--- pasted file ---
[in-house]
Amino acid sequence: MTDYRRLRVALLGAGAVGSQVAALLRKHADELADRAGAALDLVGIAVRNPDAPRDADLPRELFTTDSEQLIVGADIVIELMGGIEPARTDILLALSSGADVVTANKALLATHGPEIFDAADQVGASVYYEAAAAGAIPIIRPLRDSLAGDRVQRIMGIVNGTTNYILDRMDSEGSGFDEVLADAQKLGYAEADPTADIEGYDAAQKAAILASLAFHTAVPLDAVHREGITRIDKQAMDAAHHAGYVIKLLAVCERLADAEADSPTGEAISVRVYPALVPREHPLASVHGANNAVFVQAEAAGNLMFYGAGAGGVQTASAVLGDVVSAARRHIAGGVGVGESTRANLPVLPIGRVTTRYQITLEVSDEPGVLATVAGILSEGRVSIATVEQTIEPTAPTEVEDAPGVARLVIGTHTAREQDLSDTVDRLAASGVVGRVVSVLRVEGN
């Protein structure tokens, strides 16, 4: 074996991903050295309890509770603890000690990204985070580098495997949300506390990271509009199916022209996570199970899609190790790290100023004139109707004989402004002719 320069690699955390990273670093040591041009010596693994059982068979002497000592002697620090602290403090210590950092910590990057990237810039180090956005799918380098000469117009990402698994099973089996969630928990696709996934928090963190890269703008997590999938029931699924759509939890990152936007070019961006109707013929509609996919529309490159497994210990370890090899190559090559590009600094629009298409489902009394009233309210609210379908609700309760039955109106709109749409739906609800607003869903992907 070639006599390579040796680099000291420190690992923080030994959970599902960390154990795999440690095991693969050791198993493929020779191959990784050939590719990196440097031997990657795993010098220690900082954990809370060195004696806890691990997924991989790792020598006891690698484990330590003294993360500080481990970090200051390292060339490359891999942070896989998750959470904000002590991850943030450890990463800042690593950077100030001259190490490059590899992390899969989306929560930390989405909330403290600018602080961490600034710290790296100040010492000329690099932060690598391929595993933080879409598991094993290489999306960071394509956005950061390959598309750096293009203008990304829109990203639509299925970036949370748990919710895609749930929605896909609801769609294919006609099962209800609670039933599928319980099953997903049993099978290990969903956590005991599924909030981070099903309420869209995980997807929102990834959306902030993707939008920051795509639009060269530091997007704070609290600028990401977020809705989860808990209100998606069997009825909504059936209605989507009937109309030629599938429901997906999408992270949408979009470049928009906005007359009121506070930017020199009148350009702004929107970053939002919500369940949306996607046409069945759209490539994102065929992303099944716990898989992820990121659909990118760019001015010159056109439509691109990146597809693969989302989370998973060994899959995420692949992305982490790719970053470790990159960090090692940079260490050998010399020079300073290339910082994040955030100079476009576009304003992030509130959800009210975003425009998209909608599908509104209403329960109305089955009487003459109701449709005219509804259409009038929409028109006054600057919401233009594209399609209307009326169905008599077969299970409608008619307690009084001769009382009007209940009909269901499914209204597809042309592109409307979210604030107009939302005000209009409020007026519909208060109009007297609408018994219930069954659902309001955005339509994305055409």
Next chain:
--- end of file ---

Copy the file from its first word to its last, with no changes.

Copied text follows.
[in-house]
Amino acid sequence: MTDYRRLRVALLGAGAVGSQVAALLRKHADELADRAGAALDLVGIAVRNPDAPRDADLPRELFTTDSEQLIVGADIVIELMGGIEPARTDILLALSSGADVVTANKALLATHGPEIFDAADQVGASVYYEAAAAGAIPIIRPLRDSLAGDRVQRIMGIVNGTTNYILDRMDSEGSGFDEVLADAQKLGYAEADPTADIEGYDAAQKAAILASLAFHTAVPLDAVHREGITRIDKQAMDAAHHAGYVIKLLAVCERLADAEADSPTGEAISVRVYPALVPREHPLASVHGANNAVFVQAEAAGNLMFYGAGAGGVQTASAVLGDVVSAARRHIAGGVGVGESTRANLPVLPIGRVTTRYQITLEVSDEPGVLATVAGILSEGRVSIATVEQTIEPTAPTEVEDAPGVARLVIGTHTAREQDLSDTVDRLAASGVVGRVVSVLRVEGN
């Protein structure tokens, strides 16, 4: 074996991903050295309890509770603890000690990204985070580098495997949300506390990271509009199916022209996570199970899609190790790290100023004139109707004989402004002719 320069690699955390990273670093040591041009010596693994059982068979002497000592002697620090602290403090210590950092910590990057990237810039180090956005799918380098000469117009990402698994099973089996969630928990696709996934928090963190890269703008997590999938029931699924759509939890990152936007070019961006109707013929509609996919529309490159497994210990370890090899190559090559590009600094629009298409489902009394009233309210609210379908609700309760039955109106709109749409739906609800607003869903992907 070639006599390579040796680099000291420190690992923080030994959970599902960390154990795999440690095991693969050791198993493929020779191959990784050939590719990196440097031997990657795993010098220690900082954990809370060195004696806890691990997924991989790792020598006891690698484990330590003294993360500080481990970090200051390292060339490359891999942070896989998750959470904000002590991850943030450890990463800042690593950077100030001259190490490059590899992390899969989306929560930390989405909330403290600018602080961490600034710290790296100040010492000329690099932060690598391929595993933080879409598991094993290489999306960071394509956005950061390959598309750096293009203008990304829109990203639509299925970036949370748990919710895609749930929605896909609801769609294919006609099962209800609670039933599928319980099953997903049993099978290990969903956590005991599924909030981070099903309420869209995980997807929102990834959306902030993707939008920051795509639009060269530091997007704070609290600028990401977020809705989860808990209100998606069997009825909504059936209605989507009937109309030629599938429901997906999408992270949408979009470049928009906005007359009121506070930017020199009148350009702004929107970053939002919500369940949306996607046409069945759209490539994102065929992303099944716990898989992820990121659909990118760019001015010159056109439509691109990146597809693969989302989370998973060994899959995420692949992305982490790719970053470790990159960090090692940079260490050998010399020079300073290339910082994040955030100079476009576009304003992030509130959800009210975003425009998209909608599908509104209403329960109305089955009487003459109701449709005219509804259409009038929409028109006054600057919401233009594209399609209307009326169905008599077969299970409608008619307690009084001769009382009007209940009909269901499914209204597809042309592109409307979210604030107009939302005000209009409020007026519909208060109009007297609408018994219930069954659902309001955005339509994305055409």
Next chain: